Thursday, 30 August 2012

You have a Twitter account... now what?

So you have a Twitter account. Great!  But what's next? Maybe you've had this account for months or years and you haven't figured out what to do with it. Here are a few quick tips to enhance your experience!

1. Update your profile. 

Say who you are and why you are using Twitter. If you have a blog or a webpage somewhere that explains more about who you are then link to this. It will help people to know who you are and to have a context for what you say. And add a picture. It doesn't have to be you, it could be something abstract, but it will give people a sense of who you are.

2. Follow people. 

Who? Well, it depends on your interests but if you are interested in medical education then I can recommend a few ways to find people to follow. I have pulled together a list of people who tweet quite a lot about medical education. You can find it here. And with a slightly different flavour you can find another list by Jonny Tomlinson here. Jonny is a GP in London who is passionate about inequalities in health, and helping others to understand their impact on the lives of the patients in his practice. He tweets as @mellojonny and I recommend following him strongly.

How I decide who to follow? I look at their recent tweets and if they are saying interesting things or sharing interesting content then I follow them. And then I will often share what I see them saying. The simplest way to do that is to click on the 'retweet' button which then rebroadcasts that tweet so that people who are following you will see it. There are other ways to retweet. You can copy and paste what the other person has said into a tweet. But it is expected that you will try to attribute thoughts and ideas to those who they came from so it is customary to see 'RT' for retweet added to the tweet. There are a few other variations of this... MT for modified tweet, if you change what the first person has said by deleting part for example. And HT for 'had tip' or 'heard through'. It's a way of thanking someone else for bringing you some information. Don't worry if that is confusing. You can just use the RT button and everything will be taken care off.

3. Tweet!

Time to get going! What should you say? Don't think about it too much. Just share what you think will be useful to others.  Have you read something interesting to day? What are your thoughts about it? Don't under-estimate how knowing that you think a certain paper is worth having a look at is valuable to others. There is a lot of information out there and your efforts to highlight some of the best bits will be appreciated by others.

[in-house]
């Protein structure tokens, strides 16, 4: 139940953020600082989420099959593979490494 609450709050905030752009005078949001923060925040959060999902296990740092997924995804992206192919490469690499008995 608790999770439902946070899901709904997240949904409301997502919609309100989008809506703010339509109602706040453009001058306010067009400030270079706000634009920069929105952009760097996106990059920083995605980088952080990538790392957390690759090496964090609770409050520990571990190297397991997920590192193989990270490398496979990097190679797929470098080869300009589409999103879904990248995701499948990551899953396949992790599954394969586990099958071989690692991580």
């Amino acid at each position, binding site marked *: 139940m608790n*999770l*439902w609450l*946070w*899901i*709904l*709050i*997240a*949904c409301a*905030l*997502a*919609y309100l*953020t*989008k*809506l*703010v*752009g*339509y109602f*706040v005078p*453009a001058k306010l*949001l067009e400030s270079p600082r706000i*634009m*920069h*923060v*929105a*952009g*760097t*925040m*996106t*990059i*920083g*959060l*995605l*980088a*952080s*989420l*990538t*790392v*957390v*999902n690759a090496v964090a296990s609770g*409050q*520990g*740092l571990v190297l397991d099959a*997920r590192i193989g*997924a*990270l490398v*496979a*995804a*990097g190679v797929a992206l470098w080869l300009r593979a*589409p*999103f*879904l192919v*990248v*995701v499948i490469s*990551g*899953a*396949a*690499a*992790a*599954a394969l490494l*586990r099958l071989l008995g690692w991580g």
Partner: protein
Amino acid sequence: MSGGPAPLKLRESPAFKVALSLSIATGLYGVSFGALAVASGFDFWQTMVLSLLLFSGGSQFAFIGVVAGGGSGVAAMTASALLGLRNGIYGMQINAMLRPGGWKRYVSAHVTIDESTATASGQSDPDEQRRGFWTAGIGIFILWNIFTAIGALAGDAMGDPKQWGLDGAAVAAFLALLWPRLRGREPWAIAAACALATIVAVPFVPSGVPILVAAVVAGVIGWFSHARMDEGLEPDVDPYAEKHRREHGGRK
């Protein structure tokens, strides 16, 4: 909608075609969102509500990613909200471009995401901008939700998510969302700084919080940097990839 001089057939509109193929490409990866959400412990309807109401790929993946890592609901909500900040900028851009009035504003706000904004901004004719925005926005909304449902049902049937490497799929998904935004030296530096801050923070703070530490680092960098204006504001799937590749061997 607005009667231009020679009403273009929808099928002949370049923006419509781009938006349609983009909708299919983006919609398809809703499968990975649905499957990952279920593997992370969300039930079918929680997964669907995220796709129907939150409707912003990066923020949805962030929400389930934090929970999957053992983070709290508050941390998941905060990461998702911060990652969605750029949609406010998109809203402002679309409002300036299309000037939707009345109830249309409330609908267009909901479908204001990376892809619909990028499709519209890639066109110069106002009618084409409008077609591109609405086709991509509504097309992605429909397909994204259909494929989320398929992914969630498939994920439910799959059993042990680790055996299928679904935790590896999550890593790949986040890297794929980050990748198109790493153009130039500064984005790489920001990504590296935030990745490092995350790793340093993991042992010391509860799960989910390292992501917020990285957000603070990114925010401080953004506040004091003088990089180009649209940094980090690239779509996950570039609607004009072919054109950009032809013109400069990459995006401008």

Should you tweet about matters that are not about your work or study? That's up to you. My personal choice is to share only very limited information about my personal life. I like to have my privacy. But sometimes I will mention the music I am listening to, or a holiday snap. I have no hard and fast rules about this. But I do have a very clear rule that I never tweet about my clinical work. I don't even say if I am working in the practice on a given day. This works well for me.

If you have any questions or tips for others, please post them in the comments. I've written this quickly so I might not have been clear and I might have left some important topics out.

Remember it is fun. If it's not then step away from the computer (or the smart phone!)

10 reasons anyone interested in medical education should be using Twitter

4 comments:

  1. Thanks for this Anna Marie, works for language educators too!

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  2. Enjoy reading your posts. The intersection of medical education and technology (specifically social media) is especially fascinating, and I believe you're right in embracing it. A younger generation of trainees is arriving on the scene with a seemingly inborn familiarity with using social media to communicate and to learn. They will be inextricably connected to these outlets whether we deny it or not. At least in many US institutions, we've been somewhat reticent to harness this new technology and our denial has led to numerous ethical collisions between trainees and the world of social technology.

    For a humorous take on technology and medical education, you might like two of our satire stories..."On-line medical school opens its servers" (http://medexaminer.wordpress.com/2012/07/28/on-line-medical-school-opens-its-servers-for-future-e-mds/)
    or
    "Friending your colon with social media." (http://medexaminer.wordpress.com/2012/06/25/friending-your-colon-with-social-media/)

    -the Daily Medical Examiner

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  3. Ah! Now I know what MT stands for :) Like the list - thanks!

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